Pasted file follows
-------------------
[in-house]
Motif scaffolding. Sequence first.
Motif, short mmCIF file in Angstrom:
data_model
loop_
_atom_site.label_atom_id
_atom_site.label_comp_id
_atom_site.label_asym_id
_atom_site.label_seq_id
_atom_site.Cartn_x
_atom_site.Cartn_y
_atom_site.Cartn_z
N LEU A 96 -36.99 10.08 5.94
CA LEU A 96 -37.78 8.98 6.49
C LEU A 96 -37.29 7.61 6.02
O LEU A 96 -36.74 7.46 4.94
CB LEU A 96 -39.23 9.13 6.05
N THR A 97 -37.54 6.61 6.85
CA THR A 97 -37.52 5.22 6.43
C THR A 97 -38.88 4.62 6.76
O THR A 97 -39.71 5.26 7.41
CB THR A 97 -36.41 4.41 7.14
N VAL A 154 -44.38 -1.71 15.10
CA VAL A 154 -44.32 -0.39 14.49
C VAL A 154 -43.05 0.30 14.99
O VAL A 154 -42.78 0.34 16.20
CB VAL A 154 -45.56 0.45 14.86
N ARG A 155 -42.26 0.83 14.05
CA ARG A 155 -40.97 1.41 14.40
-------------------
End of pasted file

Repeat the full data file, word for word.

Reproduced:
[in-house]
Motif scaffolding. Sequence first.
Motif, short mmCIF file in Angstrom:
data_model
loop_
_atom_site.label_atom_id
_atom_site.label_comp_id
_atom_site.label_asym_id
_atom_site.label_seq_id
_atom_site.Cartn_x
_atom_site.Cartn_y
_atom_site.Cartn_z
N LEU A 96 -36.99 10.08 5.94
CA LEU A 96 -37.78 8.98 6.49
C LEU A 96 -37.29 7.61 6.02
O LEU A 96 -36.74 7.46 4.94
CB LEU A 96 -39.23 9.13 6.05
N THR A 97 -37.54 6.61 6.85
CA THR A 97 -37.52 5.22 6.43
C THR A 97 -38.88 4.62 6.76
O THR A 97 -39.71 5.26 7.41
CB THR A 97 -36.41 4.41 7.14
N VAL A 154 -44.38 -1.71 15.10
CA VAL A 154 -44.32 -0.39 14.49
C VAL A 154 -43.05 0.30 14.99
O VAL A 154 -42.78 0.34 16.20
CB VAL A 154 -45.56 0.45 14.86
N ARG A 155 -42.26 0.83 14.05
CA ARG A 155 -40.97 1.41 14.40